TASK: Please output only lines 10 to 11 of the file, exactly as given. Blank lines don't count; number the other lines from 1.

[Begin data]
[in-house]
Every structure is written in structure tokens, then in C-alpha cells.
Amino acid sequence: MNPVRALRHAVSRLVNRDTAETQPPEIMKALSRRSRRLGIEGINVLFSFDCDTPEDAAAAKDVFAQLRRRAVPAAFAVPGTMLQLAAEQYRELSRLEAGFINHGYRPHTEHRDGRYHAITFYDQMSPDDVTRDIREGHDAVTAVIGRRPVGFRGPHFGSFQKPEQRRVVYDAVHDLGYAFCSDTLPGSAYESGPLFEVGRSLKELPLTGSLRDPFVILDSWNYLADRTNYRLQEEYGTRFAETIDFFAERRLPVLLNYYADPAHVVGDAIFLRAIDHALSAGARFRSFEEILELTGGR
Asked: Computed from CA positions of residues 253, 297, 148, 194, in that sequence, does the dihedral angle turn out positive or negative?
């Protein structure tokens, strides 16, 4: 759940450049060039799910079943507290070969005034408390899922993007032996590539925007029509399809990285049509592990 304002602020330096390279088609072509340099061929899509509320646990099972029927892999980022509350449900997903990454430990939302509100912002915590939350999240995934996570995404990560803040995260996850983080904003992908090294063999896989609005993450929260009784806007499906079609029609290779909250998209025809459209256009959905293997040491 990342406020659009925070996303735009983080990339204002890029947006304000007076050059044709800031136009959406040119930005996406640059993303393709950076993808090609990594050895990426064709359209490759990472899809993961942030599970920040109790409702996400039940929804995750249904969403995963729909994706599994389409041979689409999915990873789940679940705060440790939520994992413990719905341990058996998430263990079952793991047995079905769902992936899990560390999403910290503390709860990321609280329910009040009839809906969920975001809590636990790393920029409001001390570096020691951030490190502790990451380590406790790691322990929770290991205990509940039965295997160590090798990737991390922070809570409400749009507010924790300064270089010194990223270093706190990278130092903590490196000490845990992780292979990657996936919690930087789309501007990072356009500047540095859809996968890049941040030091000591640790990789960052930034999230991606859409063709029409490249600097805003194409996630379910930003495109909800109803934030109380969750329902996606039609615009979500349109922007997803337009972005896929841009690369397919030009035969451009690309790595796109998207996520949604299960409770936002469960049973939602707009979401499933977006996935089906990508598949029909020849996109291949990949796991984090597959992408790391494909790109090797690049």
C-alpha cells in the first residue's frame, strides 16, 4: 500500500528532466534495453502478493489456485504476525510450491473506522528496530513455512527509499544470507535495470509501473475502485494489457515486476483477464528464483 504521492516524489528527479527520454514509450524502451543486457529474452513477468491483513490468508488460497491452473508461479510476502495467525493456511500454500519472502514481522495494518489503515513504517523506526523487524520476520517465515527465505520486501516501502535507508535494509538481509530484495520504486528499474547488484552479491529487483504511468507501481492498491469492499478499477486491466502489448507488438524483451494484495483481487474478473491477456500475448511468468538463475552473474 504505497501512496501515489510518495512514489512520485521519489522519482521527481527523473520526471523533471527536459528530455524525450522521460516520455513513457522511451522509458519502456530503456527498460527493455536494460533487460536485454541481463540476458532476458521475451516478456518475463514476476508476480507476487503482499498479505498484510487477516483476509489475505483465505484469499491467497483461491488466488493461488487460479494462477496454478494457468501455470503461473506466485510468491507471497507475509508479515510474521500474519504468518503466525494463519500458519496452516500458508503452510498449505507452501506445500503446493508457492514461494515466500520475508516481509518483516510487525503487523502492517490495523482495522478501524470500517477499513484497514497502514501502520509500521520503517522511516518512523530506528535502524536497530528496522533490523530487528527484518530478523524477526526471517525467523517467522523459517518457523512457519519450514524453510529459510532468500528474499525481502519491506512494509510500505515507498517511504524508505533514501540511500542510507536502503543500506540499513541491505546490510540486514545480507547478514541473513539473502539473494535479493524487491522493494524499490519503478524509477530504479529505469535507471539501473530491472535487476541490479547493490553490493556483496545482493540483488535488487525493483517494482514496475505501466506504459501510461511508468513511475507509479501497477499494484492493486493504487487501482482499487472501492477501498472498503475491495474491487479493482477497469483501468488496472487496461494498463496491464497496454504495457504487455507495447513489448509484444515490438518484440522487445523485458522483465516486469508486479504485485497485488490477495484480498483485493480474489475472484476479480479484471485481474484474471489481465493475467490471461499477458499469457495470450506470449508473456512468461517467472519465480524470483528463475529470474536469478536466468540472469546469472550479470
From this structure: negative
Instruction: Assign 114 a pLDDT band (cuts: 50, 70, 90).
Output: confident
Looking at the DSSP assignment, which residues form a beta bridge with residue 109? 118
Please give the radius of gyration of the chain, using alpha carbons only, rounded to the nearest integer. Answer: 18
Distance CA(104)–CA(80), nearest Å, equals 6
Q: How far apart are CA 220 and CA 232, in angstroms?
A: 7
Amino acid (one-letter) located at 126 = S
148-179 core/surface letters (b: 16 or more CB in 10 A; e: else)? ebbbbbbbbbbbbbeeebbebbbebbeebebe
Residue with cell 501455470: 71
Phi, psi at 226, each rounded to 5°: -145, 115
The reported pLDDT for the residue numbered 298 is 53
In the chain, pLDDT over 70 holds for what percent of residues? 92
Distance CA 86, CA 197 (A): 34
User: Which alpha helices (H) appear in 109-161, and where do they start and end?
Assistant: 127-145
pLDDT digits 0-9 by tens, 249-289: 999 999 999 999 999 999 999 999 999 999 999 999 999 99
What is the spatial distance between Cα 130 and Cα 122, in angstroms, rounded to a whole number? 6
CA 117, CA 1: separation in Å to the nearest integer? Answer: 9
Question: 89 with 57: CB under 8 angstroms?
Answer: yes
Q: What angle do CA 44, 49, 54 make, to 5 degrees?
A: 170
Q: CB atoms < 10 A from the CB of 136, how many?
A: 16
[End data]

Looking at the DSSP assignment, which residues form a beta bridge with residue 109? 118
Please give the radius of gyration of the chain, using alpha carbons only, rounded to the nearest integer. Answer: 18